Sylvia Zohrabian (’15)

Sylvia Zohrabian

Research Associate, Department of Cardiology, Boston Children’s Hospital

What can I say about my experience at Georgetown? Upon entering the program, I had no idea that 9 months could drastically alter my life. Prior to entering the program, I was unsure whether to pursue my interest in healthcare as a scientific researcher or physician. As a result, I discovered the M.S. in Biochemistry and Molecular Biology at Georgetown, which seemed like an appropriate program to access both avenues through their extensive research available and association with the MedStar hospital system.

During this 9-12 month program, you’re challenged to complete 30 credit requirements and a graduate research study internship. Although this might seem daunting at first, the Georgetown faculty and peers make the workload very feasible. The highlight of my experience was my research study in Dr. Vicente Notario’s laboratory. When I entered Dr. Notario’s office, I discussed my research interest in understanding the expression of metabolites in relation to cancer and my background as a DMPK analyst at GSK. As a result, Dr. Notario and I developed a project connecting my research interests and background with his current work. In addition to being able to collaborate with a mentor to develop a project that suits my research interests, Dr. Notario through his extensive years as a well-respected researcher at Georgetown has established many contacts in various organizations, one of which was Dr. Yamil Simon from the mass spectrometry core at NIST. Dr. Notario’s relationship with Dr. Simon allowed the project to be a dual collaboration between Georgetown University and NIST. As a result, I had the pleasure of utilizing the databases and resources at both the Georgetown campus and NIST. This collaboration between Georgetown and NIST allowed me to experience and compare the academic and government environments.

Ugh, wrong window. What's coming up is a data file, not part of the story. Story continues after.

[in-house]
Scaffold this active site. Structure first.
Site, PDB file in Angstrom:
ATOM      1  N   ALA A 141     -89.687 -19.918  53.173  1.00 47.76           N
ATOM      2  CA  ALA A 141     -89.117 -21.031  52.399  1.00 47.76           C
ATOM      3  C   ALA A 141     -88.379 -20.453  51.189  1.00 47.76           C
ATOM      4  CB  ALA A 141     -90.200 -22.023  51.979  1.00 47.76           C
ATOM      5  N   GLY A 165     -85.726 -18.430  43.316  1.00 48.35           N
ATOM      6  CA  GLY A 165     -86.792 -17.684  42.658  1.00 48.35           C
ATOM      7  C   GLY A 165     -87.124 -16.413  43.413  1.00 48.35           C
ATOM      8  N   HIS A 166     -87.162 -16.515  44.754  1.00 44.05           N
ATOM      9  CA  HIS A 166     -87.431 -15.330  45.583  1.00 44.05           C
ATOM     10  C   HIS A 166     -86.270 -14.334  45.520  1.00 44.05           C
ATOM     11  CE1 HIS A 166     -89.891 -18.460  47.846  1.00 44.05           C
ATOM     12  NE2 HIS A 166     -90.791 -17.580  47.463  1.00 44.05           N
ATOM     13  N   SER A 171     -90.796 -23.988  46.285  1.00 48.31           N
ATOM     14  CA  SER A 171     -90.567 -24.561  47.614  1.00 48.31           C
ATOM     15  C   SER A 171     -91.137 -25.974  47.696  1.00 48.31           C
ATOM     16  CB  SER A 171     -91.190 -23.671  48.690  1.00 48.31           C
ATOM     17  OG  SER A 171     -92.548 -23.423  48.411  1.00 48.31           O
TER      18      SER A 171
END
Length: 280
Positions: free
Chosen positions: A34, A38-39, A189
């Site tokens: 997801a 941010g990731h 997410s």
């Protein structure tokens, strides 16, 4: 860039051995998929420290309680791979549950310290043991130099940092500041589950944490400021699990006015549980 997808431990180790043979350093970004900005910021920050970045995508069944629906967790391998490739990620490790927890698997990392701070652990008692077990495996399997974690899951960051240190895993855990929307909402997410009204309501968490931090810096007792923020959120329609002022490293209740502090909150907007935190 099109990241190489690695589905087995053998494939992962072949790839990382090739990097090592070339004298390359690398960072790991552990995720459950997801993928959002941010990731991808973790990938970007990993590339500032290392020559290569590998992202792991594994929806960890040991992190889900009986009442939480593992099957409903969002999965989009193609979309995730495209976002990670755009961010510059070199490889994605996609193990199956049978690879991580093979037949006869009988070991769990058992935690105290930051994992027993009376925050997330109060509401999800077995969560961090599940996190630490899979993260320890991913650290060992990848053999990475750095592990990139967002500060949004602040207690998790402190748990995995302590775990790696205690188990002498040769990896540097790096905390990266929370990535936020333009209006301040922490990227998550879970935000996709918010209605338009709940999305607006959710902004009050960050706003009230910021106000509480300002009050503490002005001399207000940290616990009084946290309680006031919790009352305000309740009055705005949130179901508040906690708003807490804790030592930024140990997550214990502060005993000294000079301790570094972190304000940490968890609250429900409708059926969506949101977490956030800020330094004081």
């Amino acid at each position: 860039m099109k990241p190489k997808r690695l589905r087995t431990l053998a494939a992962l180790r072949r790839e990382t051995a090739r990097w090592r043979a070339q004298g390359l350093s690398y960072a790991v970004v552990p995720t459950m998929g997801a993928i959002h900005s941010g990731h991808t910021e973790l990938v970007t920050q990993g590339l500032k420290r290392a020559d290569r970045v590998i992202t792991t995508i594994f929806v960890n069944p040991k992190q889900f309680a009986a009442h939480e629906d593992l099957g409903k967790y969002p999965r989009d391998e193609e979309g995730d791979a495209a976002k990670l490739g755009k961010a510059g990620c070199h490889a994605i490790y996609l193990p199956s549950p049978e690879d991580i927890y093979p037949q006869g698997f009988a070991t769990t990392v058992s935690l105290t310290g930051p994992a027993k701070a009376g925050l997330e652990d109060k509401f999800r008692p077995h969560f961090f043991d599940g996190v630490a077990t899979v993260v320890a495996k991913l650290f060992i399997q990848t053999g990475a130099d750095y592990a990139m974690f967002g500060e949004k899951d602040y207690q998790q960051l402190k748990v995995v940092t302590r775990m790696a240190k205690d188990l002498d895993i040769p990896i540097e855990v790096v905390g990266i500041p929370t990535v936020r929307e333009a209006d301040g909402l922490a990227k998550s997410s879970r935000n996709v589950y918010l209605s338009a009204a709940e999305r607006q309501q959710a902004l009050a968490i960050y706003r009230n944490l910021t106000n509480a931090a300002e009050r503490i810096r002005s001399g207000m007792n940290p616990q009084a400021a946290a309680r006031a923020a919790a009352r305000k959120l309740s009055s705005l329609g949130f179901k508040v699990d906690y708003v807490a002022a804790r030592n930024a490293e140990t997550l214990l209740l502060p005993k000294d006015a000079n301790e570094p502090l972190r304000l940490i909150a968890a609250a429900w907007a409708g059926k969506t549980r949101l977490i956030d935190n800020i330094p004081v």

My experience at Georgetown verified my interest to pursue biomedical research and health advocacy as a profession. Upon graduating, various pharmaceutical companies, biotech companies, and academic institutions pursued me. Due to my previous experience at GlaxoSmithKline, I chose to accept a highly coveted position at Boston Children’s Hospital understanding the role of the Hippo-Yap pathway in cardiomyocyte regeneration, which has resulted in my recent contribution and publication of a developmental cell paper. I’m thoroughly thankful for the opportunities that Georgetown provided me, in particular, my relationship with Dr. Notario and his continued mentorship after completion of the program.